In the mid-2000s, standardized head units were replaced by integrated receivers. Then came USB and Bluetooth connectivity. And yet, millions of vehicles out there predate these factory audio evolutions. How hard is it to bring these beasts into the era of podcasts and Spotify? I tested three approaches on three audio systems, each from a distinct audio epoch, to find the best solutions.
Challenge 1: Someone stole my Alpine.
Solution: Dual XDM16BT receiver ($20)
Okay, nobody stole my 1993 Bronco’s stereo. It just doesn’t work, and I’ve never bothered to replace it. Because then I’d worry about someone stealing it. Head units are around $350, right? They were when I last bought one in the ’90s. Well, deflation has hit the head-unit business same as TVs and solar panels. I bought a Dual XDM16BT Bluetooth receiver at Walmart for all of $19.84. After some light wire-stripping and crimping, it works. But only out of the right front speaker, because all the others are either shorted out or not hooked up. And there are some fitment issues I need to take care of. And I should probably tidy up that rat’s nest of wires that I stuffed back inside the dash.
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• Verdict: Installation is less intimidating than it sounds.
Challenge 2: Add Bluetooth to an AUX plug.
Solution: Anker SoundSync Drive ($20)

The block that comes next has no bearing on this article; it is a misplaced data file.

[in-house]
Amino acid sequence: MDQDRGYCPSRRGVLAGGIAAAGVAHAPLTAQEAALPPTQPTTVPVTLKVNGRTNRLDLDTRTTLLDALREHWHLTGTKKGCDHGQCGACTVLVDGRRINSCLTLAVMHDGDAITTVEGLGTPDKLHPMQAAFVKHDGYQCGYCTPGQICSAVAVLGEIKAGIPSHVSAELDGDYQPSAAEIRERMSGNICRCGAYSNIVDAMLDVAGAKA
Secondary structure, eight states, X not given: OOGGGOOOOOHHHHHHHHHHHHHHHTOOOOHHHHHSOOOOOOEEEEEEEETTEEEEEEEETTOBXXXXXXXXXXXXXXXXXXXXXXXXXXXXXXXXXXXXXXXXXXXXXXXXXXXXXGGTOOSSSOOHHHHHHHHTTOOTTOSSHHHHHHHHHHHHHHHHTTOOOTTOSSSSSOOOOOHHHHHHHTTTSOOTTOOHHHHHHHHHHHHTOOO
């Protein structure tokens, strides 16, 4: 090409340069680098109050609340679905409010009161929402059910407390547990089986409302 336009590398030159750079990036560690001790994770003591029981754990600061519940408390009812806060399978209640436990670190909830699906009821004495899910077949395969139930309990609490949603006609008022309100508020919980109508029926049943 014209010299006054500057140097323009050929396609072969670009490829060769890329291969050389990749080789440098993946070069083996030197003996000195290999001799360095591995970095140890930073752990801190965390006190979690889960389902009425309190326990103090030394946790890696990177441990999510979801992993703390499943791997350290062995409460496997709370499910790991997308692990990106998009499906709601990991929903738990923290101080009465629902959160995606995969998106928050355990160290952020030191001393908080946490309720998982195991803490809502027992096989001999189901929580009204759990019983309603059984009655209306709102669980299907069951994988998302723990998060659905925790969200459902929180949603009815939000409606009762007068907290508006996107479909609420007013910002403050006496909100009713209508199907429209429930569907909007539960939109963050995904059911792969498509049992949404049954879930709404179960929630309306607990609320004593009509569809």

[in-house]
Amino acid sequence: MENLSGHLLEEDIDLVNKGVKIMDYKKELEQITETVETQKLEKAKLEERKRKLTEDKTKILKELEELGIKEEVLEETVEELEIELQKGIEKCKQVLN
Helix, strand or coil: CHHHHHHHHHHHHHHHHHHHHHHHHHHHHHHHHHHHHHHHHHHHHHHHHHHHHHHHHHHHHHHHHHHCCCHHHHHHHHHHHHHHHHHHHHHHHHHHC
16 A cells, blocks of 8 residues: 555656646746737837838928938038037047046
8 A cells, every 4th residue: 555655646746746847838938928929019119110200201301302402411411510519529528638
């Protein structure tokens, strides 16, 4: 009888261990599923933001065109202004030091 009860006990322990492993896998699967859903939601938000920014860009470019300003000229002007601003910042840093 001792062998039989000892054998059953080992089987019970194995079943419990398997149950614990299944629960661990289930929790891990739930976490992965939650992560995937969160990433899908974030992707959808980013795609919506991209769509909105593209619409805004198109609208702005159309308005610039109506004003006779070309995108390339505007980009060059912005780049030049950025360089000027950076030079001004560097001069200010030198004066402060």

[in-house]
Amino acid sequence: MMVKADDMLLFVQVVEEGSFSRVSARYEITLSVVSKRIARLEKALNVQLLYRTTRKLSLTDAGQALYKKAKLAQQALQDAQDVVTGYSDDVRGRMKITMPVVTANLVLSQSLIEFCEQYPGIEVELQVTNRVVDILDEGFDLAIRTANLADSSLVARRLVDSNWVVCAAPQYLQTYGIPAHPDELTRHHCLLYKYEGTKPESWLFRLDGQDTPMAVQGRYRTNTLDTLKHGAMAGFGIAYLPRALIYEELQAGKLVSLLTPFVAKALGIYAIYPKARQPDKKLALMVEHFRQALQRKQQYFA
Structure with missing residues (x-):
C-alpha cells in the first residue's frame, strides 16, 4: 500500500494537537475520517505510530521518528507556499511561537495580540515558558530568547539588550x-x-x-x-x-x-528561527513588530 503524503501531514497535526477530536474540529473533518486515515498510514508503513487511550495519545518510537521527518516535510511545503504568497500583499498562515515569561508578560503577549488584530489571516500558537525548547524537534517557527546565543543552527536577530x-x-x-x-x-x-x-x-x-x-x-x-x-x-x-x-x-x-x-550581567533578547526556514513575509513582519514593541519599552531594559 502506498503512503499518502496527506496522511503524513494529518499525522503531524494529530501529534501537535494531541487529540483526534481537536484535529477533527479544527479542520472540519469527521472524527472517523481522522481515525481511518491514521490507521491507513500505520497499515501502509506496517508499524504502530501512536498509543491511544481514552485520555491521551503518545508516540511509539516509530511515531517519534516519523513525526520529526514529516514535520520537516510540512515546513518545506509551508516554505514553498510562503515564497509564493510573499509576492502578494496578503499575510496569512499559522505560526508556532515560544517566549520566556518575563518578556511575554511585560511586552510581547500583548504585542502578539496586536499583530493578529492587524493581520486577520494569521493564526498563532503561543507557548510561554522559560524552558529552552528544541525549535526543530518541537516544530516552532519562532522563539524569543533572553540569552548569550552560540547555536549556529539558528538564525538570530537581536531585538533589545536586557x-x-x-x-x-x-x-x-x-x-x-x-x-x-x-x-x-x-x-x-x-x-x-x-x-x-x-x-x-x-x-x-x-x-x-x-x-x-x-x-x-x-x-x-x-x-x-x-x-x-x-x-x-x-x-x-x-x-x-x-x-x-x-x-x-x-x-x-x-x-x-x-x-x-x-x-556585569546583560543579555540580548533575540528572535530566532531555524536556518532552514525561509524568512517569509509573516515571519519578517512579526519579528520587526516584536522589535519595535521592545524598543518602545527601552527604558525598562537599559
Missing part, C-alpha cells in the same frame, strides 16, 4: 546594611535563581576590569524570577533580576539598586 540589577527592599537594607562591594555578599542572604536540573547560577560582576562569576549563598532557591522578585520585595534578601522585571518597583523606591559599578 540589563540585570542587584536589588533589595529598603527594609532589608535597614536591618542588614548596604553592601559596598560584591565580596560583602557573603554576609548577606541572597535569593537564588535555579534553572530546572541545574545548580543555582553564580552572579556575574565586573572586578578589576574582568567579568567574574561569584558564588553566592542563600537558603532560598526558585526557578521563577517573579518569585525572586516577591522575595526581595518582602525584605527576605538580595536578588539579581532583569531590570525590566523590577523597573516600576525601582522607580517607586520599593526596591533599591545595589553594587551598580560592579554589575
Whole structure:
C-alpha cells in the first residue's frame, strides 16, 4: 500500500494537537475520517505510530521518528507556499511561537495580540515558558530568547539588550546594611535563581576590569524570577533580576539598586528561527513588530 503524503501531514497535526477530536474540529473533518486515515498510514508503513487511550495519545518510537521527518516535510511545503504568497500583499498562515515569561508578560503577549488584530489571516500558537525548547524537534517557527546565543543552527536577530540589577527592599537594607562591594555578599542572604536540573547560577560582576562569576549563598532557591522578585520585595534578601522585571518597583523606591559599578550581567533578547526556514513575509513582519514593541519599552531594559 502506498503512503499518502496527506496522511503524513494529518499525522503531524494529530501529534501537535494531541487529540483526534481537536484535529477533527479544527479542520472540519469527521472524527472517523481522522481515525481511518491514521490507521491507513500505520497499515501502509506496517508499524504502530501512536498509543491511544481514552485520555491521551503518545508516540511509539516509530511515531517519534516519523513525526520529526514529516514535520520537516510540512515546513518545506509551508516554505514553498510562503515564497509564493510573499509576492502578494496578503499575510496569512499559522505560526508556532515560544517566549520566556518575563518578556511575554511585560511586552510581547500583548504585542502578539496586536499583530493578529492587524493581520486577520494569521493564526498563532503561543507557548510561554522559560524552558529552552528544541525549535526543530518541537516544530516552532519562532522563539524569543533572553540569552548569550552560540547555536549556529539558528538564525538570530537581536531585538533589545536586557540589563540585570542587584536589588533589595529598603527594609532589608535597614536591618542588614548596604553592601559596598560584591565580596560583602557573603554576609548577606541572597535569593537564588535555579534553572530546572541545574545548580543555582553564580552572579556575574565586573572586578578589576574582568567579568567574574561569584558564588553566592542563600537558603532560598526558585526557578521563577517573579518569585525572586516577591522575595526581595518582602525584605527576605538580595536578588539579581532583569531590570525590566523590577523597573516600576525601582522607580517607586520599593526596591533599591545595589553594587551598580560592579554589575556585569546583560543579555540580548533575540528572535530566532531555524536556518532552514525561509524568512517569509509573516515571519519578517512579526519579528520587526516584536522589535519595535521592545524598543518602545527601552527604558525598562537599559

• The Clarion head unit in my boat dates to 2008, when auxiliary audio plugs were common, but Bluetooth was not. If I wanted to crank “I’m Shipping Up to Boston” from the captain’s chair, I’d have to physically plug in my phone, which meant removing the case and hoping it wouldn’t slide off the dash and into the sea’s merciless, icy clutches. Anker’s SoundSync Drive transmits Bluetooth audio into the AUX jack, so I can keep my phone pocketed. Excellent. But the Anker requires power, which is a problem, since a vehicle without Bluetooth almost certainly lacks a USB port. You can use a 12-volt USB adapter plugged into your car’s lighter, or do what I did and Velcro a cheap USB battery nearby.
• Verdict: Power issue solved, and the old Clarion has new life.
Challenge 3: You never had a stereo in the first place.
Solution: UE Wonderboom ($100)
• I bought my 2009 GEM e4 street-legal golf cart secondhand from the Navy. And Uncle Sam didn’t spring for extras like speakers. Or doors. If you, too, have a vehicle with no stereo whatsoever, your best course of action is a battery-powered Bluetooth speaker. Better yet, two of them. The Ultimate Ears Wonderboom is about the size of a grapefruit and disproportionately loud. It lasts about ten hours between charges, and is waterproof, which makes it well suited to old Jeeps or other cars with hose-it-out interiors. Hanging one from the rearview mirror is a jaunty way to go, but I, once again, resorted to Velcro, mounting one on each side of the dash, no wiring required.
• Verdict: Just remember to put it in the trunk when you park.
This appears in the July/August 2017 issue.
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